New York-based AOL said it plans to return a significant chunk of the proceeds to shareholders.
Wall Street cheered the news, sending shares of AOL surging as much as 40%.
“The agreement with Microsoft represents the culmination of a robust auction process for our patent portfolio,” AOL CEO Tim Armstrong said in a statement. “The combined sale and licensing arrangement unlocks current dollar value for our shareholders and enables AOL to continue to aggressively execute on our strategy to create long-term shareholder value.”
Microsoft beat out Facebook and Google (GOOG) in the auction, Reuters reported.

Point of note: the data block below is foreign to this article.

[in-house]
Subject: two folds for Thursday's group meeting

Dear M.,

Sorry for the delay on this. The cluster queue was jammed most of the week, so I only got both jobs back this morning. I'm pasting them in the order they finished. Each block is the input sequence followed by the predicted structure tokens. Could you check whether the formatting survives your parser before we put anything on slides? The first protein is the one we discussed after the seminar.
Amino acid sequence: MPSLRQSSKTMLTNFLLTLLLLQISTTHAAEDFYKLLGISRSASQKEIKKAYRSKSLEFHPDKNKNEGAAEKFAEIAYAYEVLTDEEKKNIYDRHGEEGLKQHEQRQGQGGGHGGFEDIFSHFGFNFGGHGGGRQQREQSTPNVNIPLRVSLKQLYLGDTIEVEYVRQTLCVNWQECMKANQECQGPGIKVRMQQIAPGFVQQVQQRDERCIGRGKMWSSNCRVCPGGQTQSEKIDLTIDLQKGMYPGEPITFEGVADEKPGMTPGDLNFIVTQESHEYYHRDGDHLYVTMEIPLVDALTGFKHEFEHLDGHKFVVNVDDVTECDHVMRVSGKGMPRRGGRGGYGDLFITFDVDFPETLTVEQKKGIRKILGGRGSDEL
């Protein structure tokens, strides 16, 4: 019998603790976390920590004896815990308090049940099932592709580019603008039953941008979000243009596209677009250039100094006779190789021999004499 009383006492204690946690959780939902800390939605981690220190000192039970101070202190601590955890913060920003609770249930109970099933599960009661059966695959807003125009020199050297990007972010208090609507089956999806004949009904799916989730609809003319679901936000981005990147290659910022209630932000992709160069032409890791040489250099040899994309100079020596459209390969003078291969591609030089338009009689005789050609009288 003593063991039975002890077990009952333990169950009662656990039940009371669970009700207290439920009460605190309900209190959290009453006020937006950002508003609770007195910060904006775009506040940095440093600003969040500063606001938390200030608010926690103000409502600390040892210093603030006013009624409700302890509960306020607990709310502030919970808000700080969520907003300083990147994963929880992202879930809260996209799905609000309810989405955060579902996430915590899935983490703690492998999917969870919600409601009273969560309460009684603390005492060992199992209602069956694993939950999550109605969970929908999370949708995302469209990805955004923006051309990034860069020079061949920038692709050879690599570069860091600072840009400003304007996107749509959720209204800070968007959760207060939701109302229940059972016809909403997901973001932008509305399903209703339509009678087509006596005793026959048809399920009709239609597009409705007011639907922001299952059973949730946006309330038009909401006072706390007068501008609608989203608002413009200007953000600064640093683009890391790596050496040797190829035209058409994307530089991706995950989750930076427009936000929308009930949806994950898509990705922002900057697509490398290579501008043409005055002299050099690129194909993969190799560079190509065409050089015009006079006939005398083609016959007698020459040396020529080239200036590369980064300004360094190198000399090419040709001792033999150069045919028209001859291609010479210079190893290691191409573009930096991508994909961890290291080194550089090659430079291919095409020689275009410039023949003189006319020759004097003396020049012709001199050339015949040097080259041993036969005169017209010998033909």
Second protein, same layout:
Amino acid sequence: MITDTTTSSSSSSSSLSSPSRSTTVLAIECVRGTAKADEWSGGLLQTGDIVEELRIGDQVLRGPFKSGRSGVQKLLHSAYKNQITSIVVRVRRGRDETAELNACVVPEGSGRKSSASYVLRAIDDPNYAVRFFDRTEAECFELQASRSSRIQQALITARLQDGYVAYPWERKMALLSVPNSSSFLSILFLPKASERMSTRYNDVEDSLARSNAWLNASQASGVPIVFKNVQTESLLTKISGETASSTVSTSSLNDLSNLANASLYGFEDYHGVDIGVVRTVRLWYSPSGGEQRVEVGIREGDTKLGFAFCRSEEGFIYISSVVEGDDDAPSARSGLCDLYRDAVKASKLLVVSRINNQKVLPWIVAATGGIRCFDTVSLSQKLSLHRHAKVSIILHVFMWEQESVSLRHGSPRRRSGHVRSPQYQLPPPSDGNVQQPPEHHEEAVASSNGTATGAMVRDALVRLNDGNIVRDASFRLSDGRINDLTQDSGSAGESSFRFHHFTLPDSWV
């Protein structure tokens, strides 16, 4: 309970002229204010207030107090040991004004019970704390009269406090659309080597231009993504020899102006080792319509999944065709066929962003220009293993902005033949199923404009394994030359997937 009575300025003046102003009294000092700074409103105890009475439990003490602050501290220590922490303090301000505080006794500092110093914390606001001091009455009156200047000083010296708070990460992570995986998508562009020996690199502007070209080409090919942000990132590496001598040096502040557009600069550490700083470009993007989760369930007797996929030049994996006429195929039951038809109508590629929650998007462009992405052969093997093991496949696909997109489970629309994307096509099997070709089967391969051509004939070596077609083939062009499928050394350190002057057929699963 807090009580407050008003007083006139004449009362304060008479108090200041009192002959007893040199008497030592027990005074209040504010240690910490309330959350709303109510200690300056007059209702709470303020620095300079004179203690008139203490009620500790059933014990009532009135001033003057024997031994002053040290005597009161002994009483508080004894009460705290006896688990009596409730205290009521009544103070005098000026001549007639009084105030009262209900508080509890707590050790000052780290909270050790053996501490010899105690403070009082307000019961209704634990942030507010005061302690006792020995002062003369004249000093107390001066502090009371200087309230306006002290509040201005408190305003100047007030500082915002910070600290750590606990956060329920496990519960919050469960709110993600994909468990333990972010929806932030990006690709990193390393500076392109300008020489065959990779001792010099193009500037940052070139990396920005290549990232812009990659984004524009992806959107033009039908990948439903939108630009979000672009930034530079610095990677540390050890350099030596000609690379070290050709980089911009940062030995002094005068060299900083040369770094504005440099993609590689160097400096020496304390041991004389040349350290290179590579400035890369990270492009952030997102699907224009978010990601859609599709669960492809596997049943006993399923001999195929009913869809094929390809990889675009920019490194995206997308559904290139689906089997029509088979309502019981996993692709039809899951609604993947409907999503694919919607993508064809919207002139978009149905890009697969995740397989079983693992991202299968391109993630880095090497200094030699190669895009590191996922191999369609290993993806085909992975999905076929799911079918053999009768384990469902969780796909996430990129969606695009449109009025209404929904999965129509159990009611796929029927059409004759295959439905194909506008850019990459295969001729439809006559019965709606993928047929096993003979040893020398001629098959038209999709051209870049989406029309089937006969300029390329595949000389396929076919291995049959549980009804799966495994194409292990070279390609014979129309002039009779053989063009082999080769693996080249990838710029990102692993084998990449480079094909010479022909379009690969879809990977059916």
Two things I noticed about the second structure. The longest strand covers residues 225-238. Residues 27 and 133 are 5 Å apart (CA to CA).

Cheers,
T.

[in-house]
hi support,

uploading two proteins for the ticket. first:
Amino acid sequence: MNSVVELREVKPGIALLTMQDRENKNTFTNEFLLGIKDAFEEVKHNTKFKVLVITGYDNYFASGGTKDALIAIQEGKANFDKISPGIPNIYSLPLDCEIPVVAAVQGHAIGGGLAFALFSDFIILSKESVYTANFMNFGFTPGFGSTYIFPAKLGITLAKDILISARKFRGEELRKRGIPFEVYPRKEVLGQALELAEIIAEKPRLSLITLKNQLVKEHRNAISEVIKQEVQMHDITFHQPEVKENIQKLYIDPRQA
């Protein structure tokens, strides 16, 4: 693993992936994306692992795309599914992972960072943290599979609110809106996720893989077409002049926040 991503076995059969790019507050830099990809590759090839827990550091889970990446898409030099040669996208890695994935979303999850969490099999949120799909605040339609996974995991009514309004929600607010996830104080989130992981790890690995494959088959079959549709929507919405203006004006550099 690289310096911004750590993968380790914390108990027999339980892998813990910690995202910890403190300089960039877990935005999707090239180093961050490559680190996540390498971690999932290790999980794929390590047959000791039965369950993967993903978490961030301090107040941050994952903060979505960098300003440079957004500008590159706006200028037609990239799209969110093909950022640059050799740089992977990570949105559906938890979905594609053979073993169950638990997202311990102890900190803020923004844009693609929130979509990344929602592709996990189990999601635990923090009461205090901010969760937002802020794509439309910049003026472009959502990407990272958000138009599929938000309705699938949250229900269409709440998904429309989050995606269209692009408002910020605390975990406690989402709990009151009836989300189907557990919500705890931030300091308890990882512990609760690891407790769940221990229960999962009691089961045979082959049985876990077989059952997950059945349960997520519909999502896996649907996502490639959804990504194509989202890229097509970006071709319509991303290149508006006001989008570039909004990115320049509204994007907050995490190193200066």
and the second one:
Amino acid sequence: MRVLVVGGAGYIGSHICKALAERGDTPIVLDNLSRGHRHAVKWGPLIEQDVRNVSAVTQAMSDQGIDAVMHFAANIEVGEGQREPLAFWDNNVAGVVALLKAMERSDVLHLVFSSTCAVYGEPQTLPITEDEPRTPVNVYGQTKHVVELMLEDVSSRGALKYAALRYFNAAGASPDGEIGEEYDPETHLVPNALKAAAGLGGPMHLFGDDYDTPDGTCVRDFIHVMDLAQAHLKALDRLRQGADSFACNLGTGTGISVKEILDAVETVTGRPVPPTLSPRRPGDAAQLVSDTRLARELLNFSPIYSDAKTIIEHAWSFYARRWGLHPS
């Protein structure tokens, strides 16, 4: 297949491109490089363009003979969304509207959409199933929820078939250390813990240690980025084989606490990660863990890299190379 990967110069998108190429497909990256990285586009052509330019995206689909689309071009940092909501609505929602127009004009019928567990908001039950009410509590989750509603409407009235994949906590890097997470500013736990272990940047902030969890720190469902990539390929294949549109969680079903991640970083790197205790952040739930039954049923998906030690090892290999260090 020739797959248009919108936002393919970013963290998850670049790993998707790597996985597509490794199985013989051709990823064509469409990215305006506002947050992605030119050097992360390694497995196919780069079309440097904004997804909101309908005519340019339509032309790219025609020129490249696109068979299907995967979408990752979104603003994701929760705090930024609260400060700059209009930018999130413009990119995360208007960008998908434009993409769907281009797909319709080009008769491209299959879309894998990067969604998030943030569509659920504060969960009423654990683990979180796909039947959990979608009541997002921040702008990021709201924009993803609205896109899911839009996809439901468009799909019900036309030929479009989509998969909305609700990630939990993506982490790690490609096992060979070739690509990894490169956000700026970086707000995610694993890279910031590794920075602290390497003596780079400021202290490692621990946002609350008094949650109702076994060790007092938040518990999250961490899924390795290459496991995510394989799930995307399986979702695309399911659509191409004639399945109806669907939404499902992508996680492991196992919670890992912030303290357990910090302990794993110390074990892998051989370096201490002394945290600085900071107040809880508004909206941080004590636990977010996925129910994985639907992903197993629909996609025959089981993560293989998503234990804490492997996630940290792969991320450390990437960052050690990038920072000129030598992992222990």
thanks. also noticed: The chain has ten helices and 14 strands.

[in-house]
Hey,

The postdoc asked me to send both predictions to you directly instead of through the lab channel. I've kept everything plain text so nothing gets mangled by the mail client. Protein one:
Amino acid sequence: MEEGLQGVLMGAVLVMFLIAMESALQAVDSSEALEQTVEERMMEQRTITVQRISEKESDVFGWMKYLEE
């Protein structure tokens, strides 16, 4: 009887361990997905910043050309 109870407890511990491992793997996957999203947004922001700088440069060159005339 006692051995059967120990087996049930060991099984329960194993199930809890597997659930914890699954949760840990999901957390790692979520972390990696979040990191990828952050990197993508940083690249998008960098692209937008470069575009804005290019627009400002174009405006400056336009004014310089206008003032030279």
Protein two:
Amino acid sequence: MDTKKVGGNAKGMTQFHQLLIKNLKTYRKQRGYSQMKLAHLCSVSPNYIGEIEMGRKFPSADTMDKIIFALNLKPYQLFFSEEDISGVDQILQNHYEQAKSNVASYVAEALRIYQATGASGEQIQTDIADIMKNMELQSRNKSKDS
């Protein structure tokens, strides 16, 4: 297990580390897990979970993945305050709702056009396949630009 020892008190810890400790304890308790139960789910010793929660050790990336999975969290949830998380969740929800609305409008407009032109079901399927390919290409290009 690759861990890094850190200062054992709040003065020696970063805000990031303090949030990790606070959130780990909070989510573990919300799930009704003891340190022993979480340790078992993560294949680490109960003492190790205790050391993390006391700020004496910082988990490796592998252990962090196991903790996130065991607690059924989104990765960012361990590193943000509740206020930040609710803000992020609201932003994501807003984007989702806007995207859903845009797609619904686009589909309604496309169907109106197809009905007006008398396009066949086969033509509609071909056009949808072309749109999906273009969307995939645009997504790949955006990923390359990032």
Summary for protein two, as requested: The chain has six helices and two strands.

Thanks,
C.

“This is a valuable portfolio that we have been following for years and analyzing in detail for several months,” said Brad Smith, Microsoft’s general counsel.
The companies said they expect the deal to close by the end of 2012.
AOL said it will determine the “most efficient and effective” way to return a “significant portion” of the sale proceeds to shareholders.
In the wake of the transaction, analysts at Miller Tabak raised their price target on AOL to $30.
Shares of AOL soared 35.99% to $25.05 ahead of Monday’s open on the announcement. On the other hand, shares of Microsoft retreated 1.02% to $31.20 amid a 1.1% drop on the S&P 500 futures.
AOL said even after the sale, it will still hold on to a significant patent portfolio, including more than 300 patents and patent applications.
The deal with Microsoft also includes AOL unloading shares of an unspecified subsidiary that the company expects to record a capital loss on.